Francine Stock

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Francine Stock is a British radio and television presenter and novelist, of part-French origin.

Early life[edit]

Born in Devon, and with early years in Edinburgh and Australia, Stock later attended St Catherine's School, Guildford, where she was head girl, and is a graduate of Jesus College, Oxford, with a degree in Modern Languages (French and Italian).

Career in journalism[edit]

After working in specialist journalism on the oil industry, Stock joined the BBC in 1983. At first she reported on financial news and worked as a radio producer, later moving into television as presenter of Newsnight and (briefly, after serious illness) on The Money Programme on BBC2. In the mid-1990s she presented BBC2's The Antiques Show with Tim Wonnacott and was one of the original presenters of BBC Radio 4's Front Row[1][2] in 1998.

She later moved to The Film Programme on radio, until it was cancelled in 2021.[3] She is also the regular host of the BAFTA Life in Pictures strand, and regularly writes about film for Prospect magazine. She also presents "The Cultural Front" on BBC Radio 4 which examines World War I and the Arts.[citation needed]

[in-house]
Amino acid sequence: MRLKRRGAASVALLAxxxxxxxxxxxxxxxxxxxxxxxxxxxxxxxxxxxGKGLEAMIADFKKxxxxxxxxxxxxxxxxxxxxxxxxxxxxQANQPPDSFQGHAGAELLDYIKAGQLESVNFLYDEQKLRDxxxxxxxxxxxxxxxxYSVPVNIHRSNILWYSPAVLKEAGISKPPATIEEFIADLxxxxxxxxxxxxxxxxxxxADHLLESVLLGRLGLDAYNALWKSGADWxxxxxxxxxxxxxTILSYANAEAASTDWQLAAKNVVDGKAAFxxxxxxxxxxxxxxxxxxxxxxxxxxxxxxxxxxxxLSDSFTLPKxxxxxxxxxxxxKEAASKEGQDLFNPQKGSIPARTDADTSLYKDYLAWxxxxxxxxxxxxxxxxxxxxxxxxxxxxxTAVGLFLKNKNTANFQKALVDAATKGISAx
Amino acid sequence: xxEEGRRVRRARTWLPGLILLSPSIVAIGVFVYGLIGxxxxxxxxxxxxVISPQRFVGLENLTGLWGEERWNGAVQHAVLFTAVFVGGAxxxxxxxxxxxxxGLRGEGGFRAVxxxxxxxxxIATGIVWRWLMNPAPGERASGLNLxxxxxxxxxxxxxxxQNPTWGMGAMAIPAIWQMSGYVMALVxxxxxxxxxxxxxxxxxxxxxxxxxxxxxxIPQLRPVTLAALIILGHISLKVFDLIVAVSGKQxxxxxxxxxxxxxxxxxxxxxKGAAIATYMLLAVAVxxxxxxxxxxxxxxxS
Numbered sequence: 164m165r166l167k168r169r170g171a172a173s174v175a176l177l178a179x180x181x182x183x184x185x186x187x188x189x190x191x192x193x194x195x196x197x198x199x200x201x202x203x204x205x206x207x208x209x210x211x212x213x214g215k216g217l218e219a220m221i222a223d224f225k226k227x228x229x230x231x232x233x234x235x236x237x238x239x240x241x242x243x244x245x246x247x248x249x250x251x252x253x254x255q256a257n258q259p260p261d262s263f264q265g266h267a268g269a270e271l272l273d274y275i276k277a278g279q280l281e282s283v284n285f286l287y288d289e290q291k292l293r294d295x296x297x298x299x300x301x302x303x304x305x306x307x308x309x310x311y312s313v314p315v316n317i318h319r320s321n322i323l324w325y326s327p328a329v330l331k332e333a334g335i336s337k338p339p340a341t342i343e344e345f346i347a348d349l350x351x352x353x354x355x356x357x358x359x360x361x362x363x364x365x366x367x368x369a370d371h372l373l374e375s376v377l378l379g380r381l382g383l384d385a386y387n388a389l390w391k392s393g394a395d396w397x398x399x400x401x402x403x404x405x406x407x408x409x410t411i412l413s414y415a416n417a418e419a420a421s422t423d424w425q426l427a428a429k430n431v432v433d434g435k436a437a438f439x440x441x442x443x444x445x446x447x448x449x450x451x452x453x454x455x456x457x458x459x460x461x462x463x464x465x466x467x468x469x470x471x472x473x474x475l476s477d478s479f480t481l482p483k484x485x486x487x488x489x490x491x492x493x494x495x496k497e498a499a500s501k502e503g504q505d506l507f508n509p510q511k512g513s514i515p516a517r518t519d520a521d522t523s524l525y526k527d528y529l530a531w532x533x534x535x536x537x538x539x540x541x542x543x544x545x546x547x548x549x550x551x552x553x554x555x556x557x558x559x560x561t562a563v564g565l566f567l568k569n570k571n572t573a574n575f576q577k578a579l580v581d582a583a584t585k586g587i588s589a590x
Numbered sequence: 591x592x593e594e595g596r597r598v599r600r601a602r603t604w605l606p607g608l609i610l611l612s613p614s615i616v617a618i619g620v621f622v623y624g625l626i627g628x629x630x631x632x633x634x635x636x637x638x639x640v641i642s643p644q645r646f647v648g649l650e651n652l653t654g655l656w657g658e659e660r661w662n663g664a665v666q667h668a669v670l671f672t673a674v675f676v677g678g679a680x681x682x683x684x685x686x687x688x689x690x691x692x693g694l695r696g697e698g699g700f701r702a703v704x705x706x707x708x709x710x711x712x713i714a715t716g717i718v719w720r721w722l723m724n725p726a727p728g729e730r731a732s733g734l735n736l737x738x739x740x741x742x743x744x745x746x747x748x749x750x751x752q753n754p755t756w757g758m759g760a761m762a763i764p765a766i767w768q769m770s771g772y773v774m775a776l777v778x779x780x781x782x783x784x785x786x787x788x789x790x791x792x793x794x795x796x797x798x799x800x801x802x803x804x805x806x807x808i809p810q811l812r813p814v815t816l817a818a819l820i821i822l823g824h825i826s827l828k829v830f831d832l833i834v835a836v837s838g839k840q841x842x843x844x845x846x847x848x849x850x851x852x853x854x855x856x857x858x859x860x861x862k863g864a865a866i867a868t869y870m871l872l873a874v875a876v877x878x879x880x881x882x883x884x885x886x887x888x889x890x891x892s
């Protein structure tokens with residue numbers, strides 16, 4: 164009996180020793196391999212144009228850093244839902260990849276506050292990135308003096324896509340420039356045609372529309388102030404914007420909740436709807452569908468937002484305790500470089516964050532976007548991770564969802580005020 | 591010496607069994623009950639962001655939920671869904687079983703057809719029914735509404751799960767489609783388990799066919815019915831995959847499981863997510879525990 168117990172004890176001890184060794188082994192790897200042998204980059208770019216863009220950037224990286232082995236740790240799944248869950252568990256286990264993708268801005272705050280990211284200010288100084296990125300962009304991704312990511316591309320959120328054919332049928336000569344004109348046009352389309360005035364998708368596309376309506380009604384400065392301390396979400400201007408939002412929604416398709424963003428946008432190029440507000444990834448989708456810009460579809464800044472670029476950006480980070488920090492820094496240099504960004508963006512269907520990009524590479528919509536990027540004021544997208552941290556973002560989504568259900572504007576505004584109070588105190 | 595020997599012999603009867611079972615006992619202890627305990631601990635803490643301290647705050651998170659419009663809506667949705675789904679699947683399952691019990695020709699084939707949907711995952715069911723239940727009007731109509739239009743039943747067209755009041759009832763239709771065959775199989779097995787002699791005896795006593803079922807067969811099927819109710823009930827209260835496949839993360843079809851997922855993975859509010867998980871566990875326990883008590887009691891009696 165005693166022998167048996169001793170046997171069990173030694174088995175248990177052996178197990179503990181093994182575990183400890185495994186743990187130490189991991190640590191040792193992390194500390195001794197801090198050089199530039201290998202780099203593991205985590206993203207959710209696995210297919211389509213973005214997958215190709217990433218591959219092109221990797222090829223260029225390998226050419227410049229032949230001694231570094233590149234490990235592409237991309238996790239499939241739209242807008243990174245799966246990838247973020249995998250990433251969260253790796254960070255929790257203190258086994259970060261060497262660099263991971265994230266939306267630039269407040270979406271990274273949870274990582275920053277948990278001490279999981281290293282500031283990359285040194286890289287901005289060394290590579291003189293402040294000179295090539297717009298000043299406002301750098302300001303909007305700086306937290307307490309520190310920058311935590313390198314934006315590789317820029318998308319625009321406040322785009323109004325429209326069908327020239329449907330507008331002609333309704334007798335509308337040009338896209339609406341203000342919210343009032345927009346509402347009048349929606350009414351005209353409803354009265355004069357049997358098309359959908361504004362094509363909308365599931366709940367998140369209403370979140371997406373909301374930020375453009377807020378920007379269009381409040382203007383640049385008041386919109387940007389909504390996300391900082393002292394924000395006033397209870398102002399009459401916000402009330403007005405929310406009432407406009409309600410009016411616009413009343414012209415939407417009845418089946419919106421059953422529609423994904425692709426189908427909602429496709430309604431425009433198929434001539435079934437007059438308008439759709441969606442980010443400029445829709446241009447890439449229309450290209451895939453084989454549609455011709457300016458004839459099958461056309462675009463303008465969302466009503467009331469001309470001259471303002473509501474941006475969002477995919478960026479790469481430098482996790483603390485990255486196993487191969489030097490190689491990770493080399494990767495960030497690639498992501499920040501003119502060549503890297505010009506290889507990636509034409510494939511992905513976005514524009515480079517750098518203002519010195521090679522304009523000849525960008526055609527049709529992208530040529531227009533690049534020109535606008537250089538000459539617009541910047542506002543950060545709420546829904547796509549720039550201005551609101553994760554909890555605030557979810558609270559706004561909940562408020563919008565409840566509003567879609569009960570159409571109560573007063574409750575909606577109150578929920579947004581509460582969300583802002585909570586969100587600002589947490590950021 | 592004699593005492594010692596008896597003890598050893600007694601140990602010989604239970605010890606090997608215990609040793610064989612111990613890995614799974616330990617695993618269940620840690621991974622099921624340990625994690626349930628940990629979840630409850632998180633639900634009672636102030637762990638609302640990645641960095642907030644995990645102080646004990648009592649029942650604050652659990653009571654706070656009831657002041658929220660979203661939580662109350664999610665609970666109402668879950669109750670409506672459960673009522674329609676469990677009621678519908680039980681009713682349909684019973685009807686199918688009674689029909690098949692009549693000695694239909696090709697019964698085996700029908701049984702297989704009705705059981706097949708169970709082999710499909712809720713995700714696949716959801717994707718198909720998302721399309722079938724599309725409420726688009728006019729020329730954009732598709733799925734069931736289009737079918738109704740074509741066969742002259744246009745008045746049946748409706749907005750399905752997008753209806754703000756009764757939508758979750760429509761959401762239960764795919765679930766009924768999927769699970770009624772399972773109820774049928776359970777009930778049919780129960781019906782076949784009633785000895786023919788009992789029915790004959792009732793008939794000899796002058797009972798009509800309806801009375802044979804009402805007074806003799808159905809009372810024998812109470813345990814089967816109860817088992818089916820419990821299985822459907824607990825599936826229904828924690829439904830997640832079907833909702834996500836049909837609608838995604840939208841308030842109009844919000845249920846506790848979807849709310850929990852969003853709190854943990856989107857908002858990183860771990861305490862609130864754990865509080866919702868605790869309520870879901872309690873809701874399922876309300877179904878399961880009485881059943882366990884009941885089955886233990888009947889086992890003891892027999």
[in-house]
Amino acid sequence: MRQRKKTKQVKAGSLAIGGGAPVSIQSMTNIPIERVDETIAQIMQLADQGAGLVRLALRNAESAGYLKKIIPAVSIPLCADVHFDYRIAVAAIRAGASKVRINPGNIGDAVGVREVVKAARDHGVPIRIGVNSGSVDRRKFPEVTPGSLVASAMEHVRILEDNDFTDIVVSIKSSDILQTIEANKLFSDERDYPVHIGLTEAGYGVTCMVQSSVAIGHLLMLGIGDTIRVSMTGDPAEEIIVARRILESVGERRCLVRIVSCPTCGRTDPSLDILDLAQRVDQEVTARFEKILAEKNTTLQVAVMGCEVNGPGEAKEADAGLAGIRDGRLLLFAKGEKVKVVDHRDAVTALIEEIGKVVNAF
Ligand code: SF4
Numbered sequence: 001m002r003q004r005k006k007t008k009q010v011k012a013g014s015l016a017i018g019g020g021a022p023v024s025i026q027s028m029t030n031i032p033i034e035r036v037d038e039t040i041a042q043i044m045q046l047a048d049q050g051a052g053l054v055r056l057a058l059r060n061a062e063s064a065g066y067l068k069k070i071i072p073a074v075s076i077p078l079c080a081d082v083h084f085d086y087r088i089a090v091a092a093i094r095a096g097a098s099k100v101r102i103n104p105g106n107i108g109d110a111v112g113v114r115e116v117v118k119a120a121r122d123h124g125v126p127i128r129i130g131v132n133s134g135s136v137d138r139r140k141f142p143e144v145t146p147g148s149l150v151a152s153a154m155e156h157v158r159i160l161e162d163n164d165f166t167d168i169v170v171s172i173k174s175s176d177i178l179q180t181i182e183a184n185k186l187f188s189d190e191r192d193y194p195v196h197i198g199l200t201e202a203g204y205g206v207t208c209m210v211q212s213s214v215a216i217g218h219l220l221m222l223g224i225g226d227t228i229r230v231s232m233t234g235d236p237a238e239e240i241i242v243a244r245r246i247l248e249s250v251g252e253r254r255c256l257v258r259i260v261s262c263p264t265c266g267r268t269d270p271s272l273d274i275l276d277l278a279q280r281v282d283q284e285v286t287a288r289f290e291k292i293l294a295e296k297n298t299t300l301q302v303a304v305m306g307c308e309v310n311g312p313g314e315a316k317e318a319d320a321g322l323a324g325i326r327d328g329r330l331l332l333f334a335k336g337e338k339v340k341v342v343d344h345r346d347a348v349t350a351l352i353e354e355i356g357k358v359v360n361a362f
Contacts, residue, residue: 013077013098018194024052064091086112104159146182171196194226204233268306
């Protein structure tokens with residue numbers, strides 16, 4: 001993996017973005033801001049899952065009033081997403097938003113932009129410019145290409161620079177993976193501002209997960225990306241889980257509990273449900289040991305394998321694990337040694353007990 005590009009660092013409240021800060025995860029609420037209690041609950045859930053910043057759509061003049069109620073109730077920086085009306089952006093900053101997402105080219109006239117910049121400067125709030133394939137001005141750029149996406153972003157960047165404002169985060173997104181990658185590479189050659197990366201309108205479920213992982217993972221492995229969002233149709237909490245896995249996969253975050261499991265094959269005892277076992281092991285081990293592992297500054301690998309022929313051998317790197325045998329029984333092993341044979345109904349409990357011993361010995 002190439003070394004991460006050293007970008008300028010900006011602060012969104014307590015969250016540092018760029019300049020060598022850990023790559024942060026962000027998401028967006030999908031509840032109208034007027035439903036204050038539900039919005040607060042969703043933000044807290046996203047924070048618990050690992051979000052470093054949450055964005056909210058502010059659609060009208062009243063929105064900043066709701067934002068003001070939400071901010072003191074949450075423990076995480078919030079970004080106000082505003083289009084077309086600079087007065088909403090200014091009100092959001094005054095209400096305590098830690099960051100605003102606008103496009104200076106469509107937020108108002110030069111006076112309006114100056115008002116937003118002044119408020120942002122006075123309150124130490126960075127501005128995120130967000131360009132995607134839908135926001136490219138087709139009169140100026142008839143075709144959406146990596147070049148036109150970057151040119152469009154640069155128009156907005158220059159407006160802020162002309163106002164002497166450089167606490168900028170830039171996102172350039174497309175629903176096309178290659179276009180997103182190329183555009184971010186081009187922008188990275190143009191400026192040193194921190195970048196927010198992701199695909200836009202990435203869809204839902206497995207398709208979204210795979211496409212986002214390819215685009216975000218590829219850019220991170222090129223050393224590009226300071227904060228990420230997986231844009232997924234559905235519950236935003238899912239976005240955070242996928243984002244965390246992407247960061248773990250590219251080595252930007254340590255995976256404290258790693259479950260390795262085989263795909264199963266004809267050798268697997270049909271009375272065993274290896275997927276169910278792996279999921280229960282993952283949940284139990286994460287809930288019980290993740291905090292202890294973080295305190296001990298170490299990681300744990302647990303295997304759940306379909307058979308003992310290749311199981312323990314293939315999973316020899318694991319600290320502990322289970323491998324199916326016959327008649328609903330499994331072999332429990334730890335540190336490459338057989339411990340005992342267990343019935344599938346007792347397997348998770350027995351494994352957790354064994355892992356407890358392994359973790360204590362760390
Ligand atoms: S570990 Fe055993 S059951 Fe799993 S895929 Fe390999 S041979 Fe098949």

Other roles[edit]

Since 2005, she has been chair of the Tate Members Council and became the first female Honorary Fellow of Jesus College in 2007. As a novelist, Stock has published two works of fiction: A Foreign Country (1999, shortlisted for the Whitbread First Novel award) and Man-Made Fibre (2002).

She is married to Robert Lance Hughes; the couple have two grown-up daughters.[citation needed]


  • A Foreign Country (1999)
  • Man-made Fibre (2002)
  • In Glorious Technicolor: a Century of Film and How it Has Shaped Us (2011)


  1. ^ "Francine Stock" Archived 2016-10-21 at the Wayback Machine The Booker Prize Foundation. Accessed 20 October 2016
  2. ^ "Francine Stock: Break in transmission" The Guardian. 8 March 1999. Accessed 20 October 2016
  3. ^ "The Film Programme hosts discuss show's cancellation" Radio Times. 30 September 2021. Accessed 17 December 2021

External links[edit]